• 12/4-9 — LISA (Boston, MA) — The 30th version of the premier sysadmin conference looks to be a good one. I’m co-chairing the Invited Talks track, and we have a pretty awesome schedule put together if I do say so myself.

Submit your LISA16 proposal!

I am co-chairing the Invited Talks for this year’s LISA Conference, alongside Patrick Cable. I’ve attended LISA since 2010 (with the exception of 2014) and it’s a great conference for systems administrators and other operationally-minded tech folks. I’ve enjoyed many great talks over the years, and as a co-chair, it’s up to me to help make sure that trend continues.

So here’s where you come in: it’s time for you to submit a proposal. The Call for Participation is open through 11:59 PM PDT on Monday, April 25. You may think “I have nothing worth sharing,” but you may be wrong. Patrick and I are particularly interested in finding talks that address cross-cutting topics, talks from new attendees, and generally interesting talks.

Talks don’t have to be about the cutting edge of technology to be interesting. Some of the best-received talks last year weren’t even technical in nature. So much of the job is cultural: the culture of your team and the larger organization. Alice Goldfuss’s “Scalable Meatfrastructure” talk may have broken the record for the amount of praise on social media channels.

Tell us about a problem you had and how you solved it. Tell us about how you applied technology to improve life for your organization and users. Or propose a tutorial in order to share your deep knowledge.

Go out on a limb and propose a talk. If you get accepted, it’s a great way to attend the conference and expand your professional network. if you don’t get accepted, I promise it it’s okay (I’ve had several proposals to other conferences rejected). If you want some advice on how to make your proposal awesome, both Patrick and I are happy to talk to you.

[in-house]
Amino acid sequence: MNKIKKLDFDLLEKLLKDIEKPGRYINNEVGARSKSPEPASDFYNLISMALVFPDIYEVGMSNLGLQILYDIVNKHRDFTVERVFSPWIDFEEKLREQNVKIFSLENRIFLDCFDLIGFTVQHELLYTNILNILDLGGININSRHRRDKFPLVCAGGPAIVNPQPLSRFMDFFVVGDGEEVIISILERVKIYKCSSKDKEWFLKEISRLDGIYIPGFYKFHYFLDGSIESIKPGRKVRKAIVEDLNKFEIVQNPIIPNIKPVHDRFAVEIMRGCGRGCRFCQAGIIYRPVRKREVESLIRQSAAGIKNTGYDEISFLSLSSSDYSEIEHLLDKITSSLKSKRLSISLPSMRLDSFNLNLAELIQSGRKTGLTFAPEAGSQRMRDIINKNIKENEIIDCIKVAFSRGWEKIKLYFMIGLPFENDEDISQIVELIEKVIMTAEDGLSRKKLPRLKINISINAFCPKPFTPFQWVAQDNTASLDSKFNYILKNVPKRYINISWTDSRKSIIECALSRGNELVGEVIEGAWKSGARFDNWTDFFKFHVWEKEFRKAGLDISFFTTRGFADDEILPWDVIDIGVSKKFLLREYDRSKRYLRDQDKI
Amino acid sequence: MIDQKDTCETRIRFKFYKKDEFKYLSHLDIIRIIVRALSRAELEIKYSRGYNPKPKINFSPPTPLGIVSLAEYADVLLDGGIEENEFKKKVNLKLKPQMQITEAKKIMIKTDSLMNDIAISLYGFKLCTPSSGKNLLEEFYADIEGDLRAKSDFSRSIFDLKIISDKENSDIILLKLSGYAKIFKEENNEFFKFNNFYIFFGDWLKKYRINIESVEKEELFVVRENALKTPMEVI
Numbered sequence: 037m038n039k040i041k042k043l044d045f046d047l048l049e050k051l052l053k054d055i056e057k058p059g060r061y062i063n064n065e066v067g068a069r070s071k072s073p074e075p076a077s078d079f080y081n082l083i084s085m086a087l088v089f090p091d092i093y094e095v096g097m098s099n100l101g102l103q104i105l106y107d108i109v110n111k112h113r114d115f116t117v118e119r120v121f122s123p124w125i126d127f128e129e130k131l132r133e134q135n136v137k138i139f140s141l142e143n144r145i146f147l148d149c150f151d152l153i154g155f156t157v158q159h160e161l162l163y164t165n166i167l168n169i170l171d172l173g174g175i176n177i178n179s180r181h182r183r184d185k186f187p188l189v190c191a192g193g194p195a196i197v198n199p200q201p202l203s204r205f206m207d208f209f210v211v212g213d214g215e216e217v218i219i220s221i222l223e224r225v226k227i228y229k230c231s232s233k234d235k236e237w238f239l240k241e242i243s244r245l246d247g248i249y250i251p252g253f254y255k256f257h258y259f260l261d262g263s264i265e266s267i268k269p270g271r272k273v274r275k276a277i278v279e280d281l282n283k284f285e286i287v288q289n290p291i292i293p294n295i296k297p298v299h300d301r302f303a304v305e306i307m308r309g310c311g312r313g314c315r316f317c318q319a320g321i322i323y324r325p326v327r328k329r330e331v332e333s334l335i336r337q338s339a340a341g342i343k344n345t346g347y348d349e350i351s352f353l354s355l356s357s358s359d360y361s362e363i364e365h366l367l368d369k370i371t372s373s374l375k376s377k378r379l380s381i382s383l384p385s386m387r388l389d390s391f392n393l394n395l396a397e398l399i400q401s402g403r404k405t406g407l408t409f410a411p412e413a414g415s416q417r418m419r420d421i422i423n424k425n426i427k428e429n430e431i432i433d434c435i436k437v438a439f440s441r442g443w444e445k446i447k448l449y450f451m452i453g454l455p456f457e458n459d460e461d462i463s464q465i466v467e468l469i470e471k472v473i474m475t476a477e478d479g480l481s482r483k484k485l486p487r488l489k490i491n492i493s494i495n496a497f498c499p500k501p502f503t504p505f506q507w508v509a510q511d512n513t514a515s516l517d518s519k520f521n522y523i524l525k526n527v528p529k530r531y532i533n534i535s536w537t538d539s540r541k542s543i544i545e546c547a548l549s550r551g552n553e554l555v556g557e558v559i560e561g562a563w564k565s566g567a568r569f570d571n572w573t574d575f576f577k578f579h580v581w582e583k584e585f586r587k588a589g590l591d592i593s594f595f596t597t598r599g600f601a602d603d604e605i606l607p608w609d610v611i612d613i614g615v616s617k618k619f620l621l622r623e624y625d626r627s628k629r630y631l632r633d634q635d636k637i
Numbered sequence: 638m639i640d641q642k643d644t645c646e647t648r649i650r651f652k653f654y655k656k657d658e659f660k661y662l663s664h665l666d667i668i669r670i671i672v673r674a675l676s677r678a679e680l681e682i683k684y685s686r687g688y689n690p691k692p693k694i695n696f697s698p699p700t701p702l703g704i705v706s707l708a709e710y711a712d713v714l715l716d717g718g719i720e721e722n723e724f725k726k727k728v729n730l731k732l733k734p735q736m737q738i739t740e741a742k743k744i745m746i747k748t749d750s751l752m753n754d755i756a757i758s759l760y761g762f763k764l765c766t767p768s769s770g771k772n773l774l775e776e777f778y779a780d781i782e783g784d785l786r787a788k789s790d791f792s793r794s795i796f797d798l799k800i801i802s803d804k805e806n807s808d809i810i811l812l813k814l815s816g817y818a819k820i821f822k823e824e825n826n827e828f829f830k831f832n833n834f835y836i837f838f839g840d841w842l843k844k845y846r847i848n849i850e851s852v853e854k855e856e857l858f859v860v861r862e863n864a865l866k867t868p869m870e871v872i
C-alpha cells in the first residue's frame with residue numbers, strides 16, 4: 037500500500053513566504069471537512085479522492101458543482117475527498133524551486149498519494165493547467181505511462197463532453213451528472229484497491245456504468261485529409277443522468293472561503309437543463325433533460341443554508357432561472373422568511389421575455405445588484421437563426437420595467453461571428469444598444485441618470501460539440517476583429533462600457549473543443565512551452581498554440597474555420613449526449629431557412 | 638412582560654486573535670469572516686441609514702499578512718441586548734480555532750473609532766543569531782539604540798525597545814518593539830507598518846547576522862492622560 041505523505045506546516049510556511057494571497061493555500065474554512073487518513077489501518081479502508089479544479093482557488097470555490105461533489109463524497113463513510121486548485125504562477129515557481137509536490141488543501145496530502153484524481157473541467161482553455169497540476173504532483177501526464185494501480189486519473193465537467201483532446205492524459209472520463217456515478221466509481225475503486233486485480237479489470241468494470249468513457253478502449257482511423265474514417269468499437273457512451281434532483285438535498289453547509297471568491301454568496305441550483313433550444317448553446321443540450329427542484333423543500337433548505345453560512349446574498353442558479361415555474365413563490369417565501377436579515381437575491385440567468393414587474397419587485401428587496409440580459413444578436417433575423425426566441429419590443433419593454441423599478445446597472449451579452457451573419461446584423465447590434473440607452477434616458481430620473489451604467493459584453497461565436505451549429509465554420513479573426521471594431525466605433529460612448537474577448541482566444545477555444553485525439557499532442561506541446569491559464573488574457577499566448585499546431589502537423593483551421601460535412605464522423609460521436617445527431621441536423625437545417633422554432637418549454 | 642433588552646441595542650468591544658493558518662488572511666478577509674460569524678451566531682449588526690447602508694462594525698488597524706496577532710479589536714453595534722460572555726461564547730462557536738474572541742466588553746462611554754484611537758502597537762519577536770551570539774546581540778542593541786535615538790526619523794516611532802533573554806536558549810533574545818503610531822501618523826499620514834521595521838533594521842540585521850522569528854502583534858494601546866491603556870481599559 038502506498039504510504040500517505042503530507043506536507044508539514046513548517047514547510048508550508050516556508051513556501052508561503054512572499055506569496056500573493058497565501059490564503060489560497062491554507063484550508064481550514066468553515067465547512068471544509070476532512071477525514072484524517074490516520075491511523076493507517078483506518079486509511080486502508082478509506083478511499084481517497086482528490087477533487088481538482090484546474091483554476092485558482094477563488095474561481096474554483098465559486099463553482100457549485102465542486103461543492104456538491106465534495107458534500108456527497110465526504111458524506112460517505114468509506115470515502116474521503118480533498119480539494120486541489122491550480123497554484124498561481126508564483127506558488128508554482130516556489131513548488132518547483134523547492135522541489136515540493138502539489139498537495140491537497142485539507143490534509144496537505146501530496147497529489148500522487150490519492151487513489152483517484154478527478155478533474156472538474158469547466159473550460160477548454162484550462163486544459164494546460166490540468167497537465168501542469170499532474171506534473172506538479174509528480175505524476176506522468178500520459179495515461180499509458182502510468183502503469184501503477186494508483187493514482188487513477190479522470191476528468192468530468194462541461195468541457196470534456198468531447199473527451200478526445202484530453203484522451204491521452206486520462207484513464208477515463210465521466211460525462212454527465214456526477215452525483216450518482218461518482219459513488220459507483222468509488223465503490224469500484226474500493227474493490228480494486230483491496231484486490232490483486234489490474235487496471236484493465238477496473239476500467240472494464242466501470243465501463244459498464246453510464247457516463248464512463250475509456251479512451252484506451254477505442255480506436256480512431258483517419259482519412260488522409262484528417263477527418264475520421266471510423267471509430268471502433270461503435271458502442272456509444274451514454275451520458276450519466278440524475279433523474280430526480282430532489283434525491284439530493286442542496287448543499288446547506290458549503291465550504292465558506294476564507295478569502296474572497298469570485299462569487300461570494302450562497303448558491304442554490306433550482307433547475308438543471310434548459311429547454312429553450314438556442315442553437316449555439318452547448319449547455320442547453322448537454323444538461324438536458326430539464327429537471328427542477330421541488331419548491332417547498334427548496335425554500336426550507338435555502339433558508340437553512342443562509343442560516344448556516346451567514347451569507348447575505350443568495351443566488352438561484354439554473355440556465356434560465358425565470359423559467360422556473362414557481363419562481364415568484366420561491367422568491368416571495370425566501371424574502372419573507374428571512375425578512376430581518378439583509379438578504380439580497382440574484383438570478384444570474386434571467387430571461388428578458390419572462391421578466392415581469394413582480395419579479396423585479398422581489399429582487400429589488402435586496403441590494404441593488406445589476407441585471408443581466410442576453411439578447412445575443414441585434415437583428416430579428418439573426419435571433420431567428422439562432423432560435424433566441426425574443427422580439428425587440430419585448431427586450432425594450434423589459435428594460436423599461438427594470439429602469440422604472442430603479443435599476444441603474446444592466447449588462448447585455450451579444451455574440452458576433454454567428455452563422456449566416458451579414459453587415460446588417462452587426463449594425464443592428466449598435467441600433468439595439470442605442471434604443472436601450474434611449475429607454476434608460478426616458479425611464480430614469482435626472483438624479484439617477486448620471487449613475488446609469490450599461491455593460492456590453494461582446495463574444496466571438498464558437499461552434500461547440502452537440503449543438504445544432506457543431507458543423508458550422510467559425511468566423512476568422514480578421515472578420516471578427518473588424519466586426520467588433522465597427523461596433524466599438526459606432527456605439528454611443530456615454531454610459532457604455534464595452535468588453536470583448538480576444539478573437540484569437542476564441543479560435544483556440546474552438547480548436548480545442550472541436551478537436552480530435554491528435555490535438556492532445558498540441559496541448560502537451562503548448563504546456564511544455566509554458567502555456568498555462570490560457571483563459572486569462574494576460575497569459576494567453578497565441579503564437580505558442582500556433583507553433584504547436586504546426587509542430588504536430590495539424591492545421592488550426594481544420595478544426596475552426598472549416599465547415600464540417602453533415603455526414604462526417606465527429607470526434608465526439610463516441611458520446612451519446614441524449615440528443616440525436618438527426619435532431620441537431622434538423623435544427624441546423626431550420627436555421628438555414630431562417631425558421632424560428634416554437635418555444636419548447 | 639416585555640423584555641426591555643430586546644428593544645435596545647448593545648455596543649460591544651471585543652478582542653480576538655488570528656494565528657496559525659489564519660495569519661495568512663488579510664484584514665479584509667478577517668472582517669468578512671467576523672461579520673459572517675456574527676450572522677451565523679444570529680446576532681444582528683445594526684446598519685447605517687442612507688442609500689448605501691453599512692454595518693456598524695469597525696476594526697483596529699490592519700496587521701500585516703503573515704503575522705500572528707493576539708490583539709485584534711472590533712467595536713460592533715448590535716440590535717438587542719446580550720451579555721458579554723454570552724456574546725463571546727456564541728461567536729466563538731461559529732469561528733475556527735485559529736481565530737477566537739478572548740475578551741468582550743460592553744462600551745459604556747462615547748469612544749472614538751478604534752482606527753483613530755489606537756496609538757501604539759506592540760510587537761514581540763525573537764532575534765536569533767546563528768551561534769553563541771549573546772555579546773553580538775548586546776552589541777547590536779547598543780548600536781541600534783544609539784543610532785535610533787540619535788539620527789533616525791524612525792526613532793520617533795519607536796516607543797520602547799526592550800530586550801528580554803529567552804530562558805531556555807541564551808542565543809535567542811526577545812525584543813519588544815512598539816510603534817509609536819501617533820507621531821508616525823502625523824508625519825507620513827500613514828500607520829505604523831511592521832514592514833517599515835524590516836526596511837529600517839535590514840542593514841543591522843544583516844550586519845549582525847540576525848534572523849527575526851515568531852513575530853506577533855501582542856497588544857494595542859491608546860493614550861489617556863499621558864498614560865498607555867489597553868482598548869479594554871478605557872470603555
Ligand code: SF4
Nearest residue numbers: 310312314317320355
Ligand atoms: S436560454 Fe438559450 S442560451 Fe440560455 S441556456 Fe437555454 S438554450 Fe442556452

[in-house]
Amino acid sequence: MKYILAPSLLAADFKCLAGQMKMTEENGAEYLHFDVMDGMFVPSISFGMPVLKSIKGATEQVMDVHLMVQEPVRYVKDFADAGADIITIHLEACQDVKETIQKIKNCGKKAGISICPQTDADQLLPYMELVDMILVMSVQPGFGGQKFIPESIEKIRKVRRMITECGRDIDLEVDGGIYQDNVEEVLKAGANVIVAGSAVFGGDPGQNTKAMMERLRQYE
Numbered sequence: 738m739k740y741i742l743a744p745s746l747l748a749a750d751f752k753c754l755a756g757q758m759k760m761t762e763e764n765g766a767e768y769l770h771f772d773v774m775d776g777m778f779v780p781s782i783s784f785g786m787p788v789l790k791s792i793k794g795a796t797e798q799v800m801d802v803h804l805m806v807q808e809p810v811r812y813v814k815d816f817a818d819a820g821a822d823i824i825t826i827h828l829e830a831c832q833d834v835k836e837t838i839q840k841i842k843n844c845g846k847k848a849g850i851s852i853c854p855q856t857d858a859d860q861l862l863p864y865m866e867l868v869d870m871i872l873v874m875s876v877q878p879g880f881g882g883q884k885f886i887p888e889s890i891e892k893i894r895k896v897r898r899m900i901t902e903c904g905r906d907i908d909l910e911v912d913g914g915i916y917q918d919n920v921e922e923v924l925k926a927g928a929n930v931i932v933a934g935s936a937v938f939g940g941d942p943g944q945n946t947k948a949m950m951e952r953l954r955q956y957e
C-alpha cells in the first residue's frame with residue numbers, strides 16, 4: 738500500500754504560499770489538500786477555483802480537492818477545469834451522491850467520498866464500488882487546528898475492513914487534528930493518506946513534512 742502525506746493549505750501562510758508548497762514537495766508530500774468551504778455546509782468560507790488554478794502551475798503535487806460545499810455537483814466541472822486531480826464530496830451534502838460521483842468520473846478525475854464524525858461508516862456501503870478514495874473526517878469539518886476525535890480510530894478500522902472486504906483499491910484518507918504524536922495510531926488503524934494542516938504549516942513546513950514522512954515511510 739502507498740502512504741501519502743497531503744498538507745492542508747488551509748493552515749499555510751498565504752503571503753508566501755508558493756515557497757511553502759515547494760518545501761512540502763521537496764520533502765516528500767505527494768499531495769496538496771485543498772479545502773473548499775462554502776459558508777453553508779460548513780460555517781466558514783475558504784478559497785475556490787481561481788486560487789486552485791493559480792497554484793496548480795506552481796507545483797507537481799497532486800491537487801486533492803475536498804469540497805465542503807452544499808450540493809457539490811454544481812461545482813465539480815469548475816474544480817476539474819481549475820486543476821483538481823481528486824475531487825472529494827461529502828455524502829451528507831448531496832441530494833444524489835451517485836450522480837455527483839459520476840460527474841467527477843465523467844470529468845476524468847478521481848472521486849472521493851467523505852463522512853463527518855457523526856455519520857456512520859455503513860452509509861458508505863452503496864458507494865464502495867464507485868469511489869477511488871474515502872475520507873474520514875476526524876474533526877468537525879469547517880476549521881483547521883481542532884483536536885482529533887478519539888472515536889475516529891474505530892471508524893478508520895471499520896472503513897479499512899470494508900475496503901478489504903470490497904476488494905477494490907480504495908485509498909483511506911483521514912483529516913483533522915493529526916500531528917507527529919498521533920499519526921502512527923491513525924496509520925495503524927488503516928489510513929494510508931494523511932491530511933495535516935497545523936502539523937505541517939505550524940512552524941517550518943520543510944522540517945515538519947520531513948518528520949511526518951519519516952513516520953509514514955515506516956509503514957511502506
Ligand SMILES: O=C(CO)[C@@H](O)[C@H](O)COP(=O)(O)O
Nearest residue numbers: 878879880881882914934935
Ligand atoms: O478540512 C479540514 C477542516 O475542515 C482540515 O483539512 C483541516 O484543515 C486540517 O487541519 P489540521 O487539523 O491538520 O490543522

I hope you’ll submit your proposed talk soon.

Coming up: LISA ’12

It may seem like I’ve not been writing much lately, but nothing can be further from the truth. It’s just that my writing has been for grad school instead of Blog Fiasco. But don’t worry, soon I’ll be blogging like a madman. That’s right: it’s time for LISA ’12. Once again, I have the privilege of being on the conference blog team and learning from some of the TopPeople[tm] in the field. Here’s a quick look at my schedule (subject to change based on level of alertness, addition of BoFs, etc):







Now I just need to pack my bags and get started on the take-home final that’s due mid-week. Look for posts from me and my team members Matt Simmons and Greg Riedesel on the USENIX Blog.

LISA ’11: the first half of the week

If you’ve been following me on Twitter, you know I’ve been in Boston for the USENIX Large Installation System Administration (LISA) Conference. Once again, I have the honor of serving on the conference blog team, which means I spend all day sitting in sessions and all evening writing about them. We’re halfway through now, so here’s what I’ve written so far:

You can follow along with the rest of the blog team at

LISA ’10 Interview: Tom Limoncelli

This post was originally posted to the Usenix blog.

Anyone who has attended LISA in the past few years is undoubtedly familiar with Tom Limoncelli.  Tom’s not just a LISA fixture, he’s also a widely-respected author of two books (Time Management for System Administrators and The Practice of System and Network Administration) and a contributor to the Everything Sysadmin blog.  Over the weekend, he sat down with me for a few minutes to share his thoughts about LISA ’10.

Ben Cotton: You are, quite truly, an expert on everything sysadmin.  How did you reach that status?